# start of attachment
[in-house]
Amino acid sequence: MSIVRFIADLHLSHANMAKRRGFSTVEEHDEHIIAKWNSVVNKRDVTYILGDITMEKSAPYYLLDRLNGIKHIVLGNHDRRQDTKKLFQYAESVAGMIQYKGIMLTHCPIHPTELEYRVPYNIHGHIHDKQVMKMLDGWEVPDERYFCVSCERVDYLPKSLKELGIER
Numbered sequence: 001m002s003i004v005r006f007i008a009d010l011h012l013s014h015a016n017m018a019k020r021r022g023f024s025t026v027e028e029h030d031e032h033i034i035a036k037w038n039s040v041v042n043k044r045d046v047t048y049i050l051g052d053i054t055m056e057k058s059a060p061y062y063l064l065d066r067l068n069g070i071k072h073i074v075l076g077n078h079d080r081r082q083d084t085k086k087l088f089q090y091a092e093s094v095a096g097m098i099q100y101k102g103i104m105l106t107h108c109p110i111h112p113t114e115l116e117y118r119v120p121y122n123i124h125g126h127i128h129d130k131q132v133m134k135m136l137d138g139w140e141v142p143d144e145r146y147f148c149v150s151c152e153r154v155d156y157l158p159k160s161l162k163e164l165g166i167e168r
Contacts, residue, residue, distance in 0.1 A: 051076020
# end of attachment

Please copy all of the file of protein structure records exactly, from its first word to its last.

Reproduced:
[in-house]
Amino acid sequence: MSIVRFIADLHLSHANMAKRRGFSTVEEHDEHIIAKWNSVVNKRDVTYILGDITMEKSAPYYLLDRLNGIKHIVLGNHDRRQDTKKLFQYAESVAGMIQYKGIMLTHCPIHPTELEYRVPYNIHGHIHDKQVMKMLDGWEVPDERYFCVSCERVDYLPKSLKELGIER
Numbered sequence: 001m002s003i004v005r006f007i008a009d010l011h012l013s014h015a016n017m018a019k020r021r022g023f024s025t026v027e028e029h030d031e032h033i034i035a036k037w038n039s040v041v042n043k044r045d046v047t048y049i050l051g052d053i054t055m056e057k058s059a060p061y062y063l064l065d066r067l068n069g070i071k072h073i074v075l076g077n078h079d080r081r082q083d084t085k086k087l088f089q090y091a092e093s094v095a096g097m098i099q100y101k102g103i104m105l106t107h108c109p110i111h112p113t114e115l116e117y118r119v120p121y122n123i124h125g126h127i128h129d130k131q132v133m134k135m136l137d138g139w140e141v142p143d144e145r146y147f148c149v150s151c152e153r154v155d156y157l158p159k160s161l162k163e164l165g166i167e168r
Contacts, residue, residue, distance in 0.1 A: 051076020